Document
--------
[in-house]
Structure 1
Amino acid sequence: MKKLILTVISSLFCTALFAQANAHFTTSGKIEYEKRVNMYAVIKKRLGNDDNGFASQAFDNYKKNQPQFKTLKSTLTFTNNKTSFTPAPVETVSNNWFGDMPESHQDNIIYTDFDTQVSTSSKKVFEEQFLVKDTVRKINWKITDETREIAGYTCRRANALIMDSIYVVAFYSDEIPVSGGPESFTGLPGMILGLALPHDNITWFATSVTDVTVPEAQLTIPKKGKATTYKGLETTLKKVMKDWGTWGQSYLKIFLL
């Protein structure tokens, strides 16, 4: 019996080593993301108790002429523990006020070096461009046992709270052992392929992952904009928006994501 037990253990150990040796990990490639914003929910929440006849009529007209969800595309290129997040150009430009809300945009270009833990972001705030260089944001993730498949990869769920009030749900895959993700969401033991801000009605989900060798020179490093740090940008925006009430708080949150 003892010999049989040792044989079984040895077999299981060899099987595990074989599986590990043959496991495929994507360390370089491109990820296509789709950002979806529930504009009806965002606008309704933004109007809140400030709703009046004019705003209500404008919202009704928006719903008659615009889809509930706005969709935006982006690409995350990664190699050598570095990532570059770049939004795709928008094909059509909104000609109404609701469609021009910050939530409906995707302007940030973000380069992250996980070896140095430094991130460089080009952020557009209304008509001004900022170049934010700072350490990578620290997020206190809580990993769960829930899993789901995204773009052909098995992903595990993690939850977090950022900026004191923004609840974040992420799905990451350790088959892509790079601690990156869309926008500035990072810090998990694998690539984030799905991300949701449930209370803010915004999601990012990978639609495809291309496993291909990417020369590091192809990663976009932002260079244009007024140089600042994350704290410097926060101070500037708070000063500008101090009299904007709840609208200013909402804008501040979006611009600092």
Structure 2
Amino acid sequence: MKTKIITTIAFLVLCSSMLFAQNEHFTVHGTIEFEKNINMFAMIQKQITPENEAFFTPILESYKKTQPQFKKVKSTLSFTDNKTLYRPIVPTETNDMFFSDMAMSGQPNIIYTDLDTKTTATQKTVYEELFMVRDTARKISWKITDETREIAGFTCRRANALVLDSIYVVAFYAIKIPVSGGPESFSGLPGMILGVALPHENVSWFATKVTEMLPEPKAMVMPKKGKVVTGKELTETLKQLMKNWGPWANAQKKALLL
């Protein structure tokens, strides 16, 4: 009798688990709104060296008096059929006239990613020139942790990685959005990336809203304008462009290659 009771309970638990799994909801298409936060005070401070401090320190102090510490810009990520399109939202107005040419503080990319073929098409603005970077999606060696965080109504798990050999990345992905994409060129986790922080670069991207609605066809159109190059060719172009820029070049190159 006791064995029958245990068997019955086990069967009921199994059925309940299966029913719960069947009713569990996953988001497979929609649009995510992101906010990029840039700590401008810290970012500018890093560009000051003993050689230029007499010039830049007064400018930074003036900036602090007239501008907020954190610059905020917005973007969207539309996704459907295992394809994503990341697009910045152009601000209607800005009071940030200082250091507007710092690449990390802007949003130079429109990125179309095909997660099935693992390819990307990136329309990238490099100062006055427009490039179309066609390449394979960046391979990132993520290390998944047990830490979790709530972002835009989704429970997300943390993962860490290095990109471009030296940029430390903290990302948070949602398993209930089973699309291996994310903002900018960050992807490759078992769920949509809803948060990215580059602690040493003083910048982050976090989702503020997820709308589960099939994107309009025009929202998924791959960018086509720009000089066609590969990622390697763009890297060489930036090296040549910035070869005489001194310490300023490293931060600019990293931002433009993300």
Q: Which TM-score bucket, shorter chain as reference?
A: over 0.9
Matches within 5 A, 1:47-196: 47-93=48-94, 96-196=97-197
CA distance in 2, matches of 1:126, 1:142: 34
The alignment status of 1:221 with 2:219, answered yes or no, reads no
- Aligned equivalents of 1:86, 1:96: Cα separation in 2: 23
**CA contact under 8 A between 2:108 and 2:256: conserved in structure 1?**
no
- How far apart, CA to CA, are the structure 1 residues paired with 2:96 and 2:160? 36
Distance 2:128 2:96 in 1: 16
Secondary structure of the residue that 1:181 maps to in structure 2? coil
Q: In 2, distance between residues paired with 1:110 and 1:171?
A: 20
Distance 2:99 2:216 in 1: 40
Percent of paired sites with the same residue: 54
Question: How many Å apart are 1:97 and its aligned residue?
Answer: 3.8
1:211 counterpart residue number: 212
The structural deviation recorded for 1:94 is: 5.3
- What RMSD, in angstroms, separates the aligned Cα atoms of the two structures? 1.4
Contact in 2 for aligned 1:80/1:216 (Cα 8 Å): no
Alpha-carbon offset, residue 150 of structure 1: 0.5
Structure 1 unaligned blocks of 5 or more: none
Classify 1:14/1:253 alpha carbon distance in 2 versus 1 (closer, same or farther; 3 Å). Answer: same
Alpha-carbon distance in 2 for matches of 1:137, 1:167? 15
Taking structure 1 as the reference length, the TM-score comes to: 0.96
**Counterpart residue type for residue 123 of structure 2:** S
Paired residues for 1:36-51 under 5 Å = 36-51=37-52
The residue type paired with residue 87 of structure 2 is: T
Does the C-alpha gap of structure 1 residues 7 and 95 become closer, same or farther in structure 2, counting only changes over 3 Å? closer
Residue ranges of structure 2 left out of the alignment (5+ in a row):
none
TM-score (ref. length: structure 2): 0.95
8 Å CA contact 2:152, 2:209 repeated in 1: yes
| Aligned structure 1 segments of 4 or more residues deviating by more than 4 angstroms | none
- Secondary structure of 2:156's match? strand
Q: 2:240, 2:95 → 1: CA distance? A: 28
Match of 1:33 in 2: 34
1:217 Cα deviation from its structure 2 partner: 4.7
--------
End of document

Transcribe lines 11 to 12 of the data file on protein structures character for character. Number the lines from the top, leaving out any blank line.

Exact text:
CA distance in 2, matches of 1:126, 1:142: 34
The alignment status of 1:221 with 2:219, answered yes or no, reads no